The Generation of Sovereign Individuals
I recently finished a book called “The Sovereign Individual,” which I’d recommend to anyone interested in or currently operating within the information economy. Really, I’d recommend it to anyone with a thirst for knowledge and growth. It is a book so rich in thoughtful insight and well-researched perspective that I have to stop continuously to absorb what I’m reading — either it’s really dense or I am. Regardless, I have no doubt that the contents of this book will influence my judgment and actions in situations to come.
What was most surprising is how the book opened my eyes to the generation known as “Millennials.” Prior to reading this book, I regarded the generation in question with mostly disdain and subscribed to what popular culture, comedians and other voices of the current consciousness said of them — spoiled, entitled, disengaged, poor work ethic, soft, diminishing interpersonal skills and acumen, etc and etc. Much of this judgment may be fair and accurate for certain individuals. However, much of it can be attributed to the ever-flowing judgment of one generation (soon to be marginalized) to the next (growing in power and influence). Generational judging and stereotypes aside, the book brought about an ah-ha moment that’s worth note.
Although impossible to boil down to a single point or thesis, the book generally looks at the shift taking place as we advance further into the information age, where micro processing and the ever increasing availability of information changes our overarching power structure. And how the shift from an industrial age with large factories, big government and coercive agencies like unions, are falling away and being replaced by individual power and influence; where time, place and brute force at scale no longer matter as they did generations ago.
We who grew up as bi-products of the industrial age and industrial military complex view the millennial’s seeming distaste for group organization and accountability, as individually entitled and disengaged. What I now realize, — they can’t (and likely don’t want to) help it, and aren’t even conscious of it on the level we (the olds or older) are. They may be conscious of it because the older generation bemoans it, but it doesn’t occur to them that way naturally.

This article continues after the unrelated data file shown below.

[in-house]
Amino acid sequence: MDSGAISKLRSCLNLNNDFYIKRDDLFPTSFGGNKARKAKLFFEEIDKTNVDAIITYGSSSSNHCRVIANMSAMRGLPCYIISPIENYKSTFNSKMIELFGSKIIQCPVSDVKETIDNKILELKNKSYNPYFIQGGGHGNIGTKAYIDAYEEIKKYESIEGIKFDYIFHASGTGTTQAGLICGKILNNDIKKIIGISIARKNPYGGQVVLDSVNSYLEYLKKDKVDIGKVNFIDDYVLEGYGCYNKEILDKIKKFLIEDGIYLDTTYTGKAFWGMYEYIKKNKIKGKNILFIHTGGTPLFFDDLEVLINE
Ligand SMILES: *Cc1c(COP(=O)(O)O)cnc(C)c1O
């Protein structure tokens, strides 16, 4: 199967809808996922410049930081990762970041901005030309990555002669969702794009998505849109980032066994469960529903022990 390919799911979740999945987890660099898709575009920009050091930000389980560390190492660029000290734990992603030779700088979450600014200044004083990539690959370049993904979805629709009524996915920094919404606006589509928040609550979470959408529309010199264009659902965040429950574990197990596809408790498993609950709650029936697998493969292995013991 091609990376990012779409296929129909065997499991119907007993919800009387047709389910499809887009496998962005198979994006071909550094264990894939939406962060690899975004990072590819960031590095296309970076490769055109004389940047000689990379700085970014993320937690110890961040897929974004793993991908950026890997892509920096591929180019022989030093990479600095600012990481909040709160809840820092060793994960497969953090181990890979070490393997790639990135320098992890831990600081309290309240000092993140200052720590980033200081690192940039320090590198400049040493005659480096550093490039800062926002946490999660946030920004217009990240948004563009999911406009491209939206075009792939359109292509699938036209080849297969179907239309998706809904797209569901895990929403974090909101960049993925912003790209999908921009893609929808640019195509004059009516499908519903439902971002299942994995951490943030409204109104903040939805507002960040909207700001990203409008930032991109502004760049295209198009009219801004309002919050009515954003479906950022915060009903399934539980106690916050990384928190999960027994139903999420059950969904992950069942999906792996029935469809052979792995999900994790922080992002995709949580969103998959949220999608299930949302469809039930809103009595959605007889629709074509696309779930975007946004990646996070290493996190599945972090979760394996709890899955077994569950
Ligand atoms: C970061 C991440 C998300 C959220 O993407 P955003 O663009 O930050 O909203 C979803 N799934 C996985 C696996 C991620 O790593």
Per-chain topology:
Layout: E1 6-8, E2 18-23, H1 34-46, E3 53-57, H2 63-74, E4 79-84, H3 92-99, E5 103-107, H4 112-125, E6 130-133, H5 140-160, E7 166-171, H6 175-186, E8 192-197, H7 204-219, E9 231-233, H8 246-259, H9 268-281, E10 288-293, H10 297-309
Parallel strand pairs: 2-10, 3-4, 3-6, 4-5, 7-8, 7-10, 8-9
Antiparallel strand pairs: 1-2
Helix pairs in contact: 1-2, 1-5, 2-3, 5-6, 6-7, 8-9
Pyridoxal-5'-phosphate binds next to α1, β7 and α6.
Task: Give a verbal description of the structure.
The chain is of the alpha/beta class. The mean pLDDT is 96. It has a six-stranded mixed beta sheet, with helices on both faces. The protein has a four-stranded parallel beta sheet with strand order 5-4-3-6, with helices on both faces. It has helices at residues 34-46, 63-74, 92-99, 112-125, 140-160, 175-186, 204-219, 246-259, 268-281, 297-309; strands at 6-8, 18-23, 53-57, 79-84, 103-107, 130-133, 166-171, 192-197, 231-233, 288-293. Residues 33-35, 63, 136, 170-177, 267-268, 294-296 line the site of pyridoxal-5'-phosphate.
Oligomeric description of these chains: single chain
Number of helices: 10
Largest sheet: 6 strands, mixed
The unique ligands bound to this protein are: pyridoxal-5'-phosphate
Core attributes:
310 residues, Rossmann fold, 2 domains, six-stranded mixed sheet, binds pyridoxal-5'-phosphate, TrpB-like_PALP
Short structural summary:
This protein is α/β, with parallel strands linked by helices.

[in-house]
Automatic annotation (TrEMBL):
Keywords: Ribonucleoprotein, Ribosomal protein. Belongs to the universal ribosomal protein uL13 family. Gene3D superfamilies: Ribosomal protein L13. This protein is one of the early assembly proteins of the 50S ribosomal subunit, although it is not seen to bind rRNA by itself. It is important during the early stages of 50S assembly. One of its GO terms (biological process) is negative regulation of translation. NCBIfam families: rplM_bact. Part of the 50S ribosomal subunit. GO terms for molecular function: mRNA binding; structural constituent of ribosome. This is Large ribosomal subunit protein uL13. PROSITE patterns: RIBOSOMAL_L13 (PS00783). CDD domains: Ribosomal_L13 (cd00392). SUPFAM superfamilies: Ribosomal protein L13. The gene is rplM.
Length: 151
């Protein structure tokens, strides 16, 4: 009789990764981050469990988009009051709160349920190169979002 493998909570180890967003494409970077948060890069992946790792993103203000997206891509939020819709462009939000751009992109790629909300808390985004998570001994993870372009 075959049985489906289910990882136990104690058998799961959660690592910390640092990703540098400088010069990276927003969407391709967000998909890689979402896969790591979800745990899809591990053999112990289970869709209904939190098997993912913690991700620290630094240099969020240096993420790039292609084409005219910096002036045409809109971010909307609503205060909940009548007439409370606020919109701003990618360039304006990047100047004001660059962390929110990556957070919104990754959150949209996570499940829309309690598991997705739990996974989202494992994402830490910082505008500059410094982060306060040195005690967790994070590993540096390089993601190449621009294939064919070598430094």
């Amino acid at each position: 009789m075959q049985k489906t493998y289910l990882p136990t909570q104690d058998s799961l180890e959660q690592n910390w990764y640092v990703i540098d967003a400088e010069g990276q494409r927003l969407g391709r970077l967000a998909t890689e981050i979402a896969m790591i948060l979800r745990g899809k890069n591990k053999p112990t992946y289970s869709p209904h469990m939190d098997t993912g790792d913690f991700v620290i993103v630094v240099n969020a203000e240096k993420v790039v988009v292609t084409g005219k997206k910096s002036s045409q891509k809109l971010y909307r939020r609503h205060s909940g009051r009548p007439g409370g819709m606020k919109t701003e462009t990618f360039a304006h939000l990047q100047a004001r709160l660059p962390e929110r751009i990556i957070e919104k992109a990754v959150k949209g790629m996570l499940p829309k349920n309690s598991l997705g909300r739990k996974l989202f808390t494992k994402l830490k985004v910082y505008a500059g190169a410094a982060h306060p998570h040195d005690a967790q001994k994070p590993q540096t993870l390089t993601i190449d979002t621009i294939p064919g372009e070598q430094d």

What is happening with this so called Milleniall generation is a natural evolution. The information age is allowing individuals to be more disengaged, to be less reliant on the power of large numbers (of people) and to feel more entitled to true personal freedom, where government or controlling organizations of any type are relics of a bygone era. What a holy shit moment.
And it’s not like some book or me throwing out a bunch of personal opinion is what makes this so. Step back and take a look at what’s going on around us, the events that play out on a global scale and how they play out, the products and services people en mass care about and lean into. Although the Millennial generation is in the thick of it, everything around ALL of us, whether it be governments shifting under the weight of social uprising or an endless movement toward all wants and needs available at the tap of our phone, personal and individual wants and desires aren’t simply being met, they are whats driving world social order and the global economy forward.
Back on the ground I get the friction. When a 45 year old person is hiring or managing a 25 year old person, words and traits like ‘disengaged’ or ‘entitled’ tend to be taken in a negative context. And don’t get me wrong, disengaged or entitled in a professional context is almost always negative — typically we strive for the opposite of those things. However, the way we all work together (engage) and what we believe should be basic elements of a work environment (entitlements) are rapidly shifting and evolving, and to simply dismiss these movements and complain about how much better it used to be is missing the point. It’s not going to be like it used to be — ever.
I’m sure there were farmers who really hated machinery for harvesting. The evil machinery is marginalizing my skill — my ability to pull crops from the ground. And these people who are creating this machinary don’t care about me or this country. They’re ruining this country and pissing on the values it was built on. Keep out the machinary so we can all keep doing the same job and keep things just as they are!!
Things didn’t go that way. The agricultural economy was indeed replaced by the industrial economy. And although many types of jobs went away and were replaced by machine labor, many new jobs came about — and many new skills became important and valuable. At the time of this transition no one knew what the skills or jobs would be and so that void of knowledge was filled with fear and suspicion, just as it is today.
But as Steve Jobs said to Stanford’s graduating class of 2005, “you can’t connect the dots looking forward, you can only connect them looking back. So you have to trust that the dots will somehow connect in your future.” They will. And maybe it takes a younger generation to see this a bit more clearly than the rest of us.